By Jack Lee | August 17, 2022
About one-third of human birth defects affect the head and face. Cleft palate, for example, happens when the tissue on the roof of a baby’s mouth does not join together completely during pregnancy.
Soma Dash is investigating the molecular pathways underlying craniofacial anomalies. She is a developmental and molecular biologist in the Trainor Lab at the Stowers Institute.
“While treatment through multiple surgeries is possible for some of the syndromes, treatment options are not readily available everywhere and are expensive,” Dash said. “By studying craniofacial development in detail, we hope to identify novel genes and pathways that can provide new therapeutic avenues.”
Dash recently received a National Institutes of Health Pathway to Independence Award. The K99/R00 program helps outstanding postdoctoral researchers transition to independent research careers. It supports an initial mentored phase, followed by an independent phase.
The formation of the face during embryogenesis is a complex process. It involves the coordinated activity of multiple types of cells, including the neural crest cells. These cells only appear only during development.
“The neural crest cell population is a transient migratory cell population,” Dash said. “It originates only during mid-gestation, at the border of the neuroectoderm.”
Neural crest cells migrate throughout the embryo and differentiate upon reaching their final destinations. They give rise to a variety of tissues, including craniofacial cartilage, bone, and connective tissue. They also contribute to the peripheral nervous system.
Cranial placodes are another important cell population. These cells produce sensory organs in the head. “There are six cranial placodes, of which the olfactory that enables the sensory feature of our nose. The lens placode that generates part of the eye. Theotic placode gives rise to the inner ear,” Dash said.
In 2011, the Trainor Lab described a genetic screen that identified new mutant mice with craniofacial developmental defects. One of the mutants, dubbed snouty, had multiple defects, including a shortened snout and blood vessel anomalies.
Dash and colleagues determined that snouty mice have a mutation in Med23. This gene encodes a subunit of the Mediator complex, a multi-protein assembly required for transcription, the process of making RNA from DNA. Recent findings indicate that Mediator is an important coordinator of development and cell fate determination.
The researchers discovered that mice with mutated Med23 had elevated signaling through the Wnt pathway. Wnt signaling regulates many processes during development. The pathway also plays important roles in tissue homeostasis and disease.
The team discovered that perturbed Wnt signaling in snouty mutant mice prevented cranial placodes from developing properly. This failure led to abnormal development of the cranial sensory nervous system.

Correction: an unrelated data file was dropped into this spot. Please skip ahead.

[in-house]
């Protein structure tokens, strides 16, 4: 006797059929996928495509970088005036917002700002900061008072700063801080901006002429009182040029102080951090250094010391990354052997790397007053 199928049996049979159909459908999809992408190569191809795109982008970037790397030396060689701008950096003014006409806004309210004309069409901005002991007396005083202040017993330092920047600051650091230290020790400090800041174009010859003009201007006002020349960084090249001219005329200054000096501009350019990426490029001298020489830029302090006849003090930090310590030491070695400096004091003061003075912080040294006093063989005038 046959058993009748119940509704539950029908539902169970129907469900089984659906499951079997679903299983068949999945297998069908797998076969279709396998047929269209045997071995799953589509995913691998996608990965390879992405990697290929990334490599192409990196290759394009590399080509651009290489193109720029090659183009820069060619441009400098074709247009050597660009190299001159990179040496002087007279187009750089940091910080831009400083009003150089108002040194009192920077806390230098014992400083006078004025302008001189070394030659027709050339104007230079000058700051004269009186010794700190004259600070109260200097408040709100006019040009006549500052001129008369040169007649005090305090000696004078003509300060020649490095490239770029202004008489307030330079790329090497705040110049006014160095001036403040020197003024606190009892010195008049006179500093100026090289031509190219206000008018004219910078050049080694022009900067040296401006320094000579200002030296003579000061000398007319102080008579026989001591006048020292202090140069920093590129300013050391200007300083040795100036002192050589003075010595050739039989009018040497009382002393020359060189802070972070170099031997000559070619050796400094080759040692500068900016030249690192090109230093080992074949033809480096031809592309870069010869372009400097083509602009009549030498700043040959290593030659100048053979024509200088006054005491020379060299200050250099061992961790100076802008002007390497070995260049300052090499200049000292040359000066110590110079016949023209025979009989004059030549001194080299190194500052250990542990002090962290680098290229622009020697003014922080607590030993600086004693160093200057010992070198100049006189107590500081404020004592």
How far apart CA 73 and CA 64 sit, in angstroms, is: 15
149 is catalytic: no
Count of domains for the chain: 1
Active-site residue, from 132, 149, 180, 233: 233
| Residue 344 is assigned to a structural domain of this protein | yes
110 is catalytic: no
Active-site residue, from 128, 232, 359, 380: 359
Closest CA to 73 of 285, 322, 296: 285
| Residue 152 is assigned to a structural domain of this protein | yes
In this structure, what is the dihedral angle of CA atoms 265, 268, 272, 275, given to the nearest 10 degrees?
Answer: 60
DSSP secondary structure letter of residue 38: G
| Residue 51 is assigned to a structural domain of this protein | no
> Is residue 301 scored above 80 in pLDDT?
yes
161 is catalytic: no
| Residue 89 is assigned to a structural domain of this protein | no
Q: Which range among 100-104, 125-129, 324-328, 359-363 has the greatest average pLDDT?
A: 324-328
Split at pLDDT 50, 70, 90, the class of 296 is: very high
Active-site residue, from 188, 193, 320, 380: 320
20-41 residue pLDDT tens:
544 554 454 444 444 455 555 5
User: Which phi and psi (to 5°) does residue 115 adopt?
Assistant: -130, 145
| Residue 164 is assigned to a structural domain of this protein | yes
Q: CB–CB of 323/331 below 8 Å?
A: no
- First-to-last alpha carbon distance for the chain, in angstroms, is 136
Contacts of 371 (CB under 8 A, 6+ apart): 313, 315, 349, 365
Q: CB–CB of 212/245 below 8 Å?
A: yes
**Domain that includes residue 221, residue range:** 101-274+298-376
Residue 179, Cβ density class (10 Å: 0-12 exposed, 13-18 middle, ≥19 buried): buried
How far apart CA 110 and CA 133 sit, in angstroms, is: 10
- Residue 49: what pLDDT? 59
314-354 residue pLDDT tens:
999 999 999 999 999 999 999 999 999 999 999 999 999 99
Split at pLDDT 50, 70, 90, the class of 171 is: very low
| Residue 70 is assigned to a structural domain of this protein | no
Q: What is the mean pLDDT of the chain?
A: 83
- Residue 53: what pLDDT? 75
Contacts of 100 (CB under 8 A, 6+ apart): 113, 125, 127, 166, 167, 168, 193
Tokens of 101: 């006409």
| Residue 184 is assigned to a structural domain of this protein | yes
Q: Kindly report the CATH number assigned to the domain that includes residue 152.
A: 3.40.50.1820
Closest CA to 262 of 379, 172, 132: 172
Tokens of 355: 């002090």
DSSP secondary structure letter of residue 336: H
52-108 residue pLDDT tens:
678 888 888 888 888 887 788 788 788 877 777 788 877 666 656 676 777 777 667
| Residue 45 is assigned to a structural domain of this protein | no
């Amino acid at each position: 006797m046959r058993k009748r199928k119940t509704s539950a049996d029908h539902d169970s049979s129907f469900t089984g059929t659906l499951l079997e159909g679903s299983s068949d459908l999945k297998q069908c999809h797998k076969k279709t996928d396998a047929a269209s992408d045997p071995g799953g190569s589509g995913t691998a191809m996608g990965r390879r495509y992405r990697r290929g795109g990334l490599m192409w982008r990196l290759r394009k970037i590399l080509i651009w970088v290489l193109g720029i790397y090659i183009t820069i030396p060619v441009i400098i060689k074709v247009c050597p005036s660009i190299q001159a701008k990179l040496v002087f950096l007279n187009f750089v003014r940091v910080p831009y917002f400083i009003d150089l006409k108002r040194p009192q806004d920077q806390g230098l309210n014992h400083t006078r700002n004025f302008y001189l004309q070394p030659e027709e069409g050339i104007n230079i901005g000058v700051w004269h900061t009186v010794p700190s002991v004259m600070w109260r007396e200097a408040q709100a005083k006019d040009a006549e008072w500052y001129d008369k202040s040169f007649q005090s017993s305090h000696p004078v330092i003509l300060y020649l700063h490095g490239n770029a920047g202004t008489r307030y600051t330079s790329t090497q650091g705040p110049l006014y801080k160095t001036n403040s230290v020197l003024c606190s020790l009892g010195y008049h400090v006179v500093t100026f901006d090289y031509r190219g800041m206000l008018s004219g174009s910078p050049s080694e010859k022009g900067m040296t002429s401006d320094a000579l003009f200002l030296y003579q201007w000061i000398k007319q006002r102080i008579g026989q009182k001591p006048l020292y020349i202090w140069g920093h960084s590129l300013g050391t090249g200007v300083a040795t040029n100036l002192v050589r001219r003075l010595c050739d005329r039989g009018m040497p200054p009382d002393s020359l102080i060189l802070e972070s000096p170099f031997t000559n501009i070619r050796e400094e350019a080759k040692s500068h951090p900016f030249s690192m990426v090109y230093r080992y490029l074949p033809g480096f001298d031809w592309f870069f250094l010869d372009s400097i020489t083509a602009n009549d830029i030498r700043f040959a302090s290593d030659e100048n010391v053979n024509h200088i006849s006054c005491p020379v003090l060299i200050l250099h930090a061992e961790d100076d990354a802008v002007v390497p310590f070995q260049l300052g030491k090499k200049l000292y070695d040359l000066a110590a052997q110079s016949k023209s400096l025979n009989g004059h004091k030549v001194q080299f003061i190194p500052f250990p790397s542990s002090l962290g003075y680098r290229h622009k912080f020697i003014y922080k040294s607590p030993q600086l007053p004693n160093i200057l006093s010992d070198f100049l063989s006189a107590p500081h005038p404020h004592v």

This tissue-specific role for a Med23 was a surprise. “Mediator is required in every cell type of our body,” Dash said. “But deleting one of its subunits affects tissues specifically during early development. That was very exciting”
Med23 in Neural Crest Cells
Dash and colleagues recently uncovered another role for Med23 during craniofacial development, in neural crest cells. When the team specifically knocked out Med23 from neural crest cells in mice, the embryos had defects resembling Pierre Robin sequence in humans.
“There’s a trifecta of defects occurring in this sequence,” Dash said. “The lower jaw is small. That displaces the tongue. The tongue forms over the roof of the mouth and that blocks the airways.”
The team found that Med23 binds to the promoter region of the Sox9 gene, which is a master regulator of cartilage differentiation and represses its expression in vitro. They propose that, in the absence of Med23, increased levels of Sox9 result in downregulation of genes involved in cartilage formation and cell proliferation. This altered expression leads to altered jaw formation and cleft palate.
Dash is continuing to investigate the role that Med23 plays in craniofacial development, such as the proteins and DNA sequences that Med23 binds to. She is also exploring the blood vessel defects in Med23 mutant mice.
“What I’m trying to do now is understand how neural crest cells and vasculature develop codependently during development, to make a proper head,” Dash said. She is also studying how ribosome biogenesis, a process required for protein synthesis in all cells, plays a role in specific developmental processes. Together, her research may lead to new treatment options for craniofacial anomalies.